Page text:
Advanced Placement and Today's World

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There aren't many people who would deny that American education is facing some thorny issues. 

One approach to these issues is to lower the water rather than to raise the bridge. U.S. Senator Lamar Alexander suggested to the American Council of Education that one way to cut costs was to institute a three-year bachelor's degree in order to save "one fourth of the time and up to a third of the cost." Lamar Alexander is a thoughtful man, but it is troubling to think that less education would be considered an answer to our problems. This is especially troubling when one notices that students around the globe are being asked to do more work, not less, and the Europeans seem just now to be aligning with our standards with the implementation of the Bologna Plan in 2010. 

At the moment, many students seem to be addressing the issue of cost by leaving four-year institutions and enrolling at two-year schools. Community colleges are enjoying marked growth and recently the American Association of Community Colleges noted that a third of these colleges' new students had previously been enrolled at four-year schools. Moreover, there is some evidence that this "reverse transfer" process may benefit students, helping them to obtain a degree eventually.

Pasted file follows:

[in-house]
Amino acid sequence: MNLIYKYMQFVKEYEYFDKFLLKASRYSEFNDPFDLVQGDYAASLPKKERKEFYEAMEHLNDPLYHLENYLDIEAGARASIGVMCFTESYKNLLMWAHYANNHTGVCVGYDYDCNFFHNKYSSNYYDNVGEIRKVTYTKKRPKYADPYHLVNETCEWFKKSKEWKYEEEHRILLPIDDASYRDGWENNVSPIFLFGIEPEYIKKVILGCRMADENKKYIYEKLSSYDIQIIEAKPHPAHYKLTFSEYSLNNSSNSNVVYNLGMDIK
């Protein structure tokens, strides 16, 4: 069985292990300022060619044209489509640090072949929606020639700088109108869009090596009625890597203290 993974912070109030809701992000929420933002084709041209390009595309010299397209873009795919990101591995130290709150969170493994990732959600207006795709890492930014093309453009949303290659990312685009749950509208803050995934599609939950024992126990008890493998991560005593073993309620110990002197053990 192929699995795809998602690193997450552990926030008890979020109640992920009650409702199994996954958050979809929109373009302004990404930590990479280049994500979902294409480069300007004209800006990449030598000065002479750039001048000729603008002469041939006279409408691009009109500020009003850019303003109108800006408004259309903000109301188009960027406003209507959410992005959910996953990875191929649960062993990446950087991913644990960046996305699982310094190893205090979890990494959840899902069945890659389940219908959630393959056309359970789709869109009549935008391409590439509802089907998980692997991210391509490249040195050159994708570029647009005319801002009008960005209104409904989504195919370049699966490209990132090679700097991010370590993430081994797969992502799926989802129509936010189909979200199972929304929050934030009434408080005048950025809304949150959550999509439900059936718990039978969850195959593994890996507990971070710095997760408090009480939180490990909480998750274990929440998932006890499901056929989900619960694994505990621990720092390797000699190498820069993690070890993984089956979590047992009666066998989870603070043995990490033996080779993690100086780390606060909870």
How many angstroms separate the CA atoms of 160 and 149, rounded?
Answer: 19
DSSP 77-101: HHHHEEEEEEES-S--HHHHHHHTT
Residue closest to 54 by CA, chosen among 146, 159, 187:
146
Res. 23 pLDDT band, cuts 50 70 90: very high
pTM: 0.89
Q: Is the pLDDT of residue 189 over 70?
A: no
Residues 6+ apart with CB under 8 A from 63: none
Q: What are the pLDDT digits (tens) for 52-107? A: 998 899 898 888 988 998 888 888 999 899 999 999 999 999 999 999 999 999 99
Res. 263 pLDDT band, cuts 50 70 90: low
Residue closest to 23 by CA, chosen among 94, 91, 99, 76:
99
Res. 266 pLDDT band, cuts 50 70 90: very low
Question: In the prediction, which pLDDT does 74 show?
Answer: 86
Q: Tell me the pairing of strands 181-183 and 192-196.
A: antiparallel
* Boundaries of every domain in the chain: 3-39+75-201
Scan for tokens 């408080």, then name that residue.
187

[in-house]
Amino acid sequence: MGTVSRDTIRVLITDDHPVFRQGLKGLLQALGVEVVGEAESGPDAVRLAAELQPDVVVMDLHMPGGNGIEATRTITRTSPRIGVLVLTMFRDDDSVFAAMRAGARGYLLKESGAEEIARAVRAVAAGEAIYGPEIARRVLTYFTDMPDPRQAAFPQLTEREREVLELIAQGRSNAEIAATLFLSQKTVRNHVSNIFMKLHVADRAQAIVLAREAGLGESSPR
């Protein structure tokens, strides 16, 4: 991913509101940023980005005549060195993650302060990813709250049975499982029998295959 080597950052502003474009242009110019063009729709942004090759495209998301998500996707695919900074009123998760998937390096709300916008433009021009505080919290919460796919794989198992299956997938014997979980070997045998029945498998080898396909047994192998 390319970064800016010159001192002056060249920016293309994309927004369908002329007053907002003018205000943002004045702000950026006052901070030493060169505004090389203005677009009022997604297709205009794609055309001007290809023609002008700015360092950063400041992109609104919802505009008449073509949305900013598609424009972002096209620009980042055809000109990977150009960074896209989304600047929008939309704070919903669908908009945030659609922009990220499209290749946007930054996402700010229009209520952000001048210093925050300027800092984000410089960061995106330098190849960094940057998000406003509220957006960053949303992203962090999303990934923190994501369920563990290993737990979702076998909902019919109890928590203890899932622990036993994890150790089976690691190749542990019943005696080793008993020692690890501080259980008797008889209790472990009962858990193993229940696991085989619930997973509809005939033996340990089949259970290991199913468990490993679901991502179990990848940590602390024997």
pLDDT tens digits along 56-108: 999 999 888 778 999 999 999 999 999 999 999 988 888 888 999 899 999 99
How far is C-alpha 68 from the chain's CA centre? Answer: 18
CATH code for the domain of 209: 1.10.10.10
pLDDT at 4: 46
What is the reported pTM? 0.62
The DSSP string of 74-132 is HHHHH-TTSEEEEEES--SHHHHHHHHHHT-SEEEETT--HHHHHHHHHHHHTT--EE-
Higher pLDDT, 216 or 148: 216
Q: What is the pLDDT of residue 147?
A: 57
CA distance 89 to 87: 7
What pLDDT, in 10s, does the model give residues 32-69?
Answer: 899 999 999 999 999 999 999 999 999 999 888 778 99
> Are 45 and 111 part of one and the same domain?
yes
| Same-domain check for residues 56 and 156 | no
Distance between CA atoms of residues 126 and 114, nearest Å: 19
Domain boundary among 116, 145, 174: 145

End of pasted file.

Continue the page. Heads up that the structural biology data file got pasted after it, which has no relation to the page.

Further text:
There are lots of moving parts, but one proven method of saving time and money is the College Board's Advanced Placement (AP) programs. AP offers an efficient way to master many introductory college courses, and the College Board offers evidence that "...a score of 3 or higher in particular, is a strong predictor of a student's ability to persist in college and earn a bachelor's degree." In some cases, AP can provide a cost-cutting alternative to Lamar Alexander's plan. 

AP is not a panacea because availability and participation are still spotty, but it seems to be one good answer.

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This page contains a single entry by Carl Tyson, CEO published on February 19, 2009 4:39 PM.

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